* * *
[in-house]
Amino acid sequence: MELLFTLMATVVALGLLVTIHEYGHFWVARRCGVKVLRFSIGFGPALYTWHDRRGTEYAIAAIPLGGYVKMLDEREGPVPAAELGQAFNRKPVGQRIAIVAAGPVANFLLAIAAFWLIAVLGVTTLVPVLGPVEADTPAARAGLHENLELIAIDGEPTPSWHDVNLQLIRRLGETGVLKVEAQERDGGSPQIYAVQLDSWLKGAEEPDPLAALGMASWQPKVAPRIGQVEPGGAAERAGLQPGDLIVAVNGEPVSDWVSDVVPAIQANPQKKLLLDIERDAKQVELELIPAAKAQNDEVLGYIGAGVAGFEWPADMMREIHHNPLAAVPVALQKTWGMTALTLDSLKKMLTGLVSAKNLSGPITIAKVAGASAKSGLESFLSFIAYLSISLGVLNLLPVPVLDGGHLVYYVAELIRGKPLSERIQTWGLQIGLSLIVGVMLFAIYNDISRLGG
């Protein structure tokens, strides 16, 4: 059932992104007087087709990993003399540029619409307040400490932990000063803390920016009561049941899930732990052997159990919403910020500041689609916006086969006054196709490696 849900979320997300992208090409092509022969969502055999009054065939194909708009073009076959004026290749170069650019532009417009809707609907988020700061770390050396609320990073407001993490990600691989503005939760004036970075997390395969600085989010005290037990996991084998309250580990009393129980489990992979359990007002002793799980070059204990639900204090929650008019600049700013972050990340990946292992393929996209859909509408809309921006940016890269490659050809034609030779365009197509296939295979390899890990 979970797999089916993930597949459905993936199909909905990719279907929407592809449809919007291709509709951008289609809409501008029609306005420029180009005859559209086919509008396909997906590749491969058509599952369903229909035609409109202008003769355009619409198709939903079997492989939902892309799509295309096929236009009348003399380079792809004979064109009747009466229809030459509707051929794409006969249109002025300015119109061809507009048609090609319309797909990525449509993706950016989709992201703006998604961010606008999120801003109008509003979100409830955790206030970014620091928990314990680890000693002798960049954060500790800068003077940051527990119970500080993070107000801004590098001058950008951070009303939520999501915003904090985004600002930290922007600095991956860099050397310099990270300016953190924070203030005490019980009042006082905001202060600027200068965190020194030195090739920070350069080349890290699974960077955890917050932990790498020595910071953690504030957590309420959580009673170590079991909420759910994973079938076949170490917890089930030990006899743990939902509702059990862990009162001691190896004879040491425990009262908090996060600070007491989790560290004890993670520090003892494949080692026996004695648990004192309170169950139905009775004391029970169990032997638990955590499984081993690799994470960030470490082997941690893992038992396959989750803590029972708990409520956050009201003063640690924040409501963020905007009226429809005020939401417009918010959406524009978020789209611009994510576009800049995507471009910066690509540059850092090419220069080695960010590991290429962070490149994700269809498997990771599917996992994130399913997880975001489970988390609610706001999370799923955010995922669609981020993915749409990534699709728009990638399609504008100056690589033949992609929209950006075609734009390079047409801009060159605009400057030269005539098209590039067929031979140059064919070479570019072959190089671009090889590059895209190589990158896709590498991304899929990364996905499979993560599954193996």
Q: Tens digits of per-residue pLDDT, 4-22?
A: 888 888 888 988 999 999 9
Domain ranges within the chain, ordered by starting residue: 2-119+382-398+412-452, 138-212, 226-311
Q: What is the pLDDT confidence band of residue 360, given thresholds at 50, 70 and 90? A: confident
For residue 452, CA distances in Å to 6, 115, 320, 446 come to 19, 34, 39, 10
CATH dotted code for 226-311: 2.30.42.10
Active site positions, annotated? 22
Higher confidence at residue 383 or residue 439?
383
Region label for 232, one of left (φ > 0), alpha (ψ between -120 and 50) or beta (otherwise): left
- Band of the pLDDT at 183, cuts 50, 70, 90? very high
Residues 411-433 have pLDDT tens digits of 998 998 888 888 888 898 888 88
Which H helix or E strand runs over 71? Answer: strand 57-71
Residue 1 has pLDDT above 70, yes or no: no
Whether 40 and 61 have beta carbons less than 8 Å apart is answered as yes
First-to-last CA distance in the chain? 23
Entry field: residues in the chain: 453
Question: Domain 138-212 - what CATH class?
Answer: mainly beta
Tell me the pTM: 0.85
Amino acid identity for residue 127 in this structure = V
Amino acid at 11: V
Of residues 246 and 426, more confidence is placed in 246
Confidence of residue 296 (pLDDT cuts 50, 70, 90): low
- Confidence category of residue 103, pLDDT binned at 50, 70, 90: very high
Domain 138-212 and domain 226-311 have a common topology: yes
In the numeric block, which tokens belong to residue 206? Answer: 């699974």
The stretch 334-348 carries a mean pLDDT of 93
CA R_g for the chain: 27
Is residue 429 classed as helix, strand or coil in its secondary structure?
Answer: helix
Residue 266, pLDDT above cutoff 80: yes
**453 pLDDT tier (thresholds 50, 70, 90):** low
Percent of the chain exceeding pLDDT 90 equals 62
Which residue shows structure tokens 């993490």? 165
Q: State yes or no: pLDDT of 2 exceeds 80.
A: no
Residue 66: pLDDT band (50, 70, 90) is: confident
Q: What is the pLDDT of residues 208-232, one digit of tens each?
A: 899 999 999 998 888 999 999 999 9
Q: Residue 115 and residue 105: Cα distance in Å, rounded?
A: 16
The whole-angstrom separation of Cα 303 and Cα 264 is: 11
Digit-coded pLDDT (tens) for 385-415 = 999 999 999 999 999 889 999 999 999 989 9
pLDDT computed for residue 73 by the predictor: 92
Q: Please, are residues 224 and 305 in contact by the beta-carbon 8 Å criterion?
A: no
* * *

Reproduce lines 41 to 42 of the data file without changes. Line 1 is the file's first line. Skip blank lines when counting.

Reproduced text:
Residue 66: pLDDT band (50, 70, 90) is: confident
Q: What is the pLDDT of residues 208-232, one digit of tens each?